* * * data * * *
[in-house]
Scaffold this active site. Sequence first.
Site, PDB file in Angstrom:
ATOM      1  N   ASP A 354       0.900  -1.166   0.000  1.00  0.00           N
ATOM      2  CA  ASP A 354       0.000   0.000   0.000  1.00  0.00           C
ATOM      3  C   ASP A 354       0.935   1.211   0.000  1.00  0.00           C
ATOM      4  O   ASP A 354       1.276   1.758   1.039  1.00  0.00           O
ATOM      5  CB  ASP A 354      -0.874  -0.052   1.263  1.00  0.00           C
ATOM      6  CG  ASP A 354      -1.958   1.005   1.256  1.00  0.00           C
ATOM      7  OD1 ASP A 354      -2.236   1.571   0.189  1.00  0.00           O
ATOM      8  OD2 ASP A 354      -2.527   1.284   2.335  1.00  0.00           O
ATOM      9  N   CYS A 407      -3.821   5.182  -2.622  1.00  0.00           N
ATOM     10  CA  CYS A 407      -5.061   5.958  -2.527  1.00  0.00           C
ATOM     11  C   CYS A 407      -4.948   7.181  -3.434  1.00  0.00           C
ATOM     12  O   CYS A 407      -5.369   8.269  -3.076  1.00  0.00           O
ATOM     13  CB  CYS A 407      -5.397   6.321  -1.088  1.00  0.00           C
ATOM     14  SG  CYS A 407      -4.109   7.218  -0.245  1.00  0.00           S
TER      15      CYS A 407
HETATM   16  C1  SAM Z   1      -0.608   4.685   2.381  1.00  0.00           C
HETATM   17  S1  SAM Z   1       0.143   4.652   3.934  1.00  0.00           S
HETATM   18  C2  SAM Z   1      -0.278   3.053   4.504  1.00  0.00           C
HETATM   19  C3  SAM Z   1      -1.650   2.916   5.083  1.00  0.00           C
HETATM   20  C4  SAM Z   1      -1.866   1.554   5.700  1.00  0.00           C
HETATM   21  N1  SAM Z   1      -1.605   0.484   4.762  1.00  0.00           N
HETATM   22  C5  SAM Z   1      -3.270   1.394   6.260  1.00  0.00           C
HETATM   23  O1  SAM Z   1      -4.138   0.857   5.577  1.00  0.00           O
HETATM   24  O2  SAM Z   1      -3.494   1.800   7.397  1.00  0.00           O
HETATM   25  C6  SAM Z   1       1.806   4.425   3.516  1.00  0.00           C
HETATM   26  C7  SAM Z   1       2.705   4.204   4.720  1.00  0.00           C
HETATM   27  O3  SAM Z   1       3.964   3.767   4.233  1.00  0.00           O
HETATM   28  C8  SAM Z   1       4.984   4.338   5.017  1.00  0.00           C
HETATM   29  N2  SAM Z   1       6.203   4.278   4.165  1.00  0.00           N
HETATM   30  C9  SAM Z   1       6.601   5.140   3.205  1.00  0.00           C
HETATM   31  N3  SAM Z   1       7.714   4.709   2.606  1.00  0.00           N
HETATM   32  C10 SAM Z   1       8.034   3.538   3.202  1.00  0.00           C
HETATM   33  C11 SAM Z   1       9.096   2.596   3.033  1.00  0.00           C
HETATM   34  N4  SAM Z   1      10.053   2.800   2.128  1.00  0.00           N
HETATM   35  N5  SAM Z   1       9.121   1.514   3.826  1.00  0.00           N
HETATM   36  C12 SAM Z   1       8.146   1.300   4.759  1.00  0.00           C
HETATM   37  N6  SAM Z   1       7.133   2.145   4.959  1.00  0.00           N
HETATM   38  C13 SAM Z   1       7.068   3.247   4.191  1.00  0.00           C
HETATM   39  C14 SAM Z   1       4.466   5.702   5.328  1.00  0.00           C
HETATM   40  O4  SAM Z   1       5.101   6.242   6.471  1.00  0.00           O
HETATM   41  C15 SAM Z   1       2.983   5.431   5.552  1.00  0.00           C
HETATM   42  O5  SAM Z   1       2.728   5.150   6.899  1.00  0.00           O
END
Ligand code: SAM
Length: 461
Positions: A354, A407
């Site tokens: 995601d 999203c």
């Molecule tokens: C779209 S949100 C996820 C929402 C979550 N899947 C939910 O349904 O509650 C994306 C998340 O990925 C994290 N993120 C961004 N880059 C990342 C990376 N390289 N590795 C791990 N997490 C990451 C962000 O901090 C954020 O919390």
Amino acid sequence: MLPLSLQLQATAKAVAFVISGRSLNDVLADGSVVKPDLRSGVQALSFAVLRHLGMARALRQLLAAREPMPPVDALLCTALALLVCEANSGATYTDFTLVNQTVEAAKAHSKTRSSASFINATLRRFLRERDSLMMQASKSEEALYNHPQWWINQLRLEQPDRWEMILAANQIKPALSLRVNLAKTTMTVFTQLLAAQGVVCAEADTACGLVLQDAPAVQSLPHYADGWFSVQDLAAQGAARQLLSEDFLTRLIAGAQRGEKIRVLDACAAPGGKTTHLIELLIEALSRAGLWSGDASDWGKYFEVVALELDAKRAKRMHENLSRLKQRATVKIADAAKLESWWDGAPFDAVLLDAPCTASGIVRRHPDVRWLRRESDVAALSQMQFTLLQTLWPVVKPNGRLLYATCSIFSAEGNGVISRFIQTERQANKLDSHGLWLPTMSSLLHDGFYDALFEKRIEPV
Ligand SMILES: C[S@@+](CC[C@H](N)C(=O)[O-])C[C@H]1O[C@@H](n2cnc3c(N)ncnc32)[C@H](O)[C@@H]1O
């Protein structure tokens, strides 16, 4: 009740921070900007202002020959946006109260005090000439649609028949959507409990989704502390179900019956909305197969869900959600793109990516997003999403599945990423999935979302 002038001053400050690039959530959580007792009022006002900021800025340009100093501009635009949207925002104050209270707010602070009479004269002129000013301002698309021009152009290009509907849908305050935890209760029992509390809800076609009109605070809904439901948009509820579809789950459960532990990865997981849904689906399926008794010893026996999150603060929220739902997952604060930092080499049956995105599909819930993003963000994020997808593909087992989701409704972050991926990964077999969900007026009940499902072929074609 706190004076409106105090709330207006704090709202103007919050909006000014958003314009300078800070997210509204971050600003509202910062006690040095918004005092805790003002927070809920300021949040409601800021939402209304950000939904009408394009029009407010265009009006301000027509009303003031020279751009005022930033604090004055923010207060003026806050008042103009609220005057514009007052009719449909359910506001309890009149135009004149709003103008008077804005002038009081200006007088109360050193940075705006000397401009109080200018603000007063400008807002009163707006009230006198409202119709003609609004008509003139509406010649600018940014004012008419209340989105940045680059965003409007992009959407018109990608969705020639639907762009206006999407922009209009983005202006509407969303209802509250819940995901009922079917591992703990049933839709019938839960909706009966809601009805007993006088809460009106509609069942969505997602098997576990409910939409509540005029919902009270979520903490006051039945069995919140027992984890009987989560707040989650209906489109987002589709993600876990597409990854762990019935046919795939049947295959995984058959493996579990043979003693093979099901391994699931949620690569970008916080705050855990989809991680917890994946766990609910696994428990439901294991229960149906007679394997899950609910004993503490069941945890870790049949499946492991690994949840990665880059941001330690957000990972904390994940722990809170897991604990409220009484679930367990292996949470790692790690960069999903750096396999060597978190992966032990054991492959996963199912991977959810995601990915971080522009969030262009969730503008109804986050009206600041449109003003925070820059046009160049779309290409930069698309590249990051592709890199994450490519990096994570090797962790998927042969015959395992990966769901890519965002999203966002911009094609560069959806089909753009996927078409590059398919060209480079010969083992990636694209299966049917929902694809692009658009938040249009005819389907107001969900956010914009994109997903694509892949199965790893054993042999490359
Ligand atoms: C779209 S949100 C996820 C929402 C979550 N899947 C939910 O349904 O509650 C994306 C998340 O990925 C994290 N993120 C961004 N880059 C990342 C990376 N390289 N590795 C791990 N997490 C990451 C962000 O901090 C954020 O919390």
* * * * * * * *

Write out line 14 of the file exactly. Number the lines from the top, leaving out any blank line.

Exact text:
ATOM     11  C   CYS A 407      -4.948   7.181  -3.434  1.00  0.00           C